Really? Voters didn't respond? Doesn't that assumes they would be responding to something? Because last I checked, neither party's presidential candidates offered up any message whatsoever on trade other than feeding us the standard Friedman-esque World-Is-Flat B.S. line that "free" trade deals are good for America. Kerry tried to offer up a bit more by saying he'd repeal tax breaks for outsourcers, but this was hardly a serious message indicting the trade policies of the last 20 years.

That silence was a real tragedy. According to the Associated Press's own exit polls on Ohio primary day,  seven in 10 voters in Ohio voters blamed foreign trade for taking away jobs. Those 7 in 10 voters didn't "not respond" to trade when the general election came - they had nothing to respond to and thus voted on other issues.

That's going to be different in 2006, especially with Brown running against the out-of-touch, lobbyist-in-politician's clothing - Sen. Mike DeWine (R). The Cleveland Plain Dealer recently documented how DeWine has racked up a record as one of Corporate America's most obedient puppets on Capitol Hill. On all sorts of issues, DeWine has pocketed tens of thousands of dollars from Big Money and then gone down to the Senate floor to sell out his constituents - all while claiming with a straight face that the huge wads of special interest cash hanging out of his pocket have nothing to do with his votes.

Trade is no exception for DeWine. For example, he's running around Ohio telling people that NAFTA has been a "big success from Ohio's point-of-view." He's making this claim in a state that has lost hundreds of thousands of good-paying manufacturing jobs since NAFTA passed. In fact, he's saying this less than two years after studies were released showing Ohio has lost at least 45,000 jobs specifically because of NAFTA alone. But that's Mike DeWine - a guy so totally out of touch he thinks its a good campaign strategy to insult voters intelligence with lobbyist-packaged dishonesty.

Make no mistake about it - DeWine's defense of America's sellout trade policy will be backed up by his Big Money donors, media pundits and editorial boards. And Sherrod Brown will likely be the target of more hit pieces like this Associated Press story. Why? Because Sherrod Brown is a threat to the Establishment that is making a killing off the status quo. That makes him a target - but it also shows why his candidacy is so important.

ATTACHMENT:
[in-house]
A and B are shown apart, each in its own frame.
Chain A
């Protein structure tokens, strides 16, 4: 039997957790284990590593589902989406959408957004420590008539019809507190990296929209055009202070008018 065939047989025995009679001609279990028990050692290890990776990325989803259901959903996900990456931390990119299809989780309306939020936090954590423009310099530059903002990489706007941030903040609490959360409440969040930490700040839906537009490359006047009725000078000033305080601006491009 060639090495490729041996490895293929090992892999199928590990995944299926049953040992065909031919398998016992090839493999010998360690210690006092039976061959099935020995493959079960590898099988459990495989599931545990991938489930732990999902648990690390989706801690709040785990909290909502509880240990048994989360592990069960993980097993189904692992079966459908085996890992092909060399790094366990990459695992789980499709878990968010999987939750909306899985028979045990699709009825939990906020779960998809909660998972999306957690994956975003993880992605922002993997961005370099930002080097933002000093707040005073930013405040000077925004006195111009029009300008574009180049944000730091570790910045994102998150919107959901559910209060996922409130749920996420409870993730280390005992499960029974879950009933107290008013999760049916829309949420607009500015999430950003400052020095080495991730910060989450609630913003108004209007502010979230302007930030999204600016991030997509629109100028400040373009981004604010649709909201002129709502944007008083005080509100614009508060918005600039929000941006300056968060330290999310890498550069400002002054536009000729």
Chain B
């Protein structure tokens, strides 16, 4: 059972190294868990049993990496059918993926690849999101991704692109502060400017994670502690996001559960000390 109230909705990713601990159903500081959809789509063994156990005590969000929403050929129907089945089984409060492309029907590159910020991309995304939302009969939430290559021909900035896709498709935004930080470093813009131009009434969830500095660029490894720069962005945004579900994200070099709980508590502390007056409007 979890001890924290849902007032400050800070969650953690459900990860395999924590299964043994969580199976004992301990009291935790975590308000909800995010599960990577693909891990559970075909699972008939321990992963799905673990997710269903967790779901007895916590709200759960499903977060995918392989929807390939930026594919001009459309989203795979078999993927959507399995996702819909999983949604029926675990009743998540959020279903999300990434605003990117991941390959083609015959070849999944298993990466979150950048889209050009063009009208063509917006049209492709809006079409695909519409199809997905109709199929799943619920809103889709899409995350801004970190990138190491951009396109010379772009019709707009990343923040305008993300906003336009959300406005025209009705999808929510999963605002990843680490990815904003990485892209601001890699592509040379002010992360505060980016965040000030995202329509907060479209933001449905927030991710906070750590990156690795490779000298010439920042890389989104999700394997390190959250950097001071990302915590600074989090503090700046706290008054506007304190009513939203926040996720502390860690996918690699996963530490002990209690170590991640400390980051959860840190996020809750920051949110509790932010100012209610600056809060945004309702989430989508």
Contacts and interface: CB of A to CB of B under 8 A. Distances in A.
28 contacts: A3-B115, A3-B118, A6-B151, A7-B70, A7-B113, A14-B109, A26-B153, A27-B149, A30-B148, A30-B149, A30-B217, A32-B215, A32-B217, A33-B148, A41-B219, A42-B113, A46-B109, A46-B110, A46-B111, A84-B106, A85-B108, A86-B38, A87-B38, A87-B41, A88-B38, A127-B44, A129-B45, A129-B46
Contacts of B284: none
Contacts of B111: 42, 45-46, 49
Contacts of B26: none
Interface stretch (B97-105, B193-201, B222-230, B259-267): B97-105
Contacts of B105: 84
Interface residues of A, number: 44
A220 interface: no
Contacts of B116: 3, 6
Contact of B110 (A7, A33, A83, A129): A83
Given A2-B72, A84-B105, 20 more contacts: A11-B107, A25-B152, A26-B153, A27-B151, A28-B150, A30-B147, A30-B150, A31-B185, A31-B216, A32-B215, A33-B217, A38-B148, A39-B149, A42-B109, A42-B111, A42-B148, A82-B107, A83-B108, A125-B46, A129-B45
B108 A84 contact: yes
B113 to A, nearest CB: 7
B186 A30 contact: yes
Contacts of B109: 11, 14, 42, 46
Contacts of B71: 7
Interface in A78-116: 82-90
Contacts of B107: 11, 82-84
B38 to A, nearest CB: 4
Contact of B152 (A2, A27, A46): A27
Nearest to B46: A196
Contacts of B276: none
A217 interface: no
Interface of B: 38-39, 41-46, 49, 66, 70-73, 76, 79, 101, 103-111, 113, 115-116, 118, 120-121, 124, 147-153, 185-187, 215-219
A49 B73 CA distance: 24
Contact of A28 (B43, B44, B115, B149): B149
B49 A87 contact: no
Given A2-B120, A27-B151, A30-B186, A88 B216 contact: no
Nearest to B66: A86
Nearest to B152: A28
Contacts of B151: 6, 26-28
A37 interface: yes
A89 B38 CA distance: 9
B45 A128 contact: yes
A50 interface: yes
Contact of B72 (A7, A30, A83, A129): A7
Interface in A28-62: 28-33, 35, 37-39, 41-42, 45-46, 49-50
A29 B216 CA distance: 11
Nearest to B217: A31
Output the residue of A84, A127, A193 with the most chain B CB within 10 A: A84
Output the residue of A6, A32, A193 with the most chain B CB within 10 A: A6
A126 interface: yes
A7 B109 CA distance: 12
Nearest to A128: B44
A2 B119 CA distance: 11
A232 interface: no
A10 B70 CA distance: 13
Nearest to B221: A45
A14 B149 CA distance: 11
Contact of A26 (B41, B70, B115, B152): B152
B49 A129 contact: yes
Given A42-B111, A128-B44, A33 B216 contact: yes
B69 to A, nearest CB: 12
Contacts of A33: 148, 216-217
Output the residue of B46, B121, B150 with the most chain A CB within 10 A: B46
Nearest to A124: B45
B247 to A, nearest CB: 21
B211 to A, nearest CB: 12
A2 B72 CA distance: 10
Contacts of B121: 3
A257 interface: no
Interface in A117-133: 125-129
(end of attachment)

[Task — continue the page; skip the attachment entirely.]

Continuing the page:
Sherrod Brown is a guy who has made his career standing up to the corrupt forces in both parties, even when it means a political risk for him personally. He's a guy running in the biggest Senate race in the country in the most politically important state in America, and running openly as an unabashed progressive populist who is willing to go up against Big Money interests even on an issue like trade, where these interests are unified. He's not hiding from the word "progressive" by pretending to be Republican lite. In fact, he's doing the exact opposite. As he told the Washington Post, he's going to "show a progressive Democrat can win in a state like Ohio."  

We need more Democrats like this - because in their courage, they speak to the deeper issue of character and conviction. They define themselves as actually standing for something, even when it might be politically difficult. If Democrats had more Sherrod Browns, we would have more winning campaigns, and more winning legislative fights that would change this country for the better.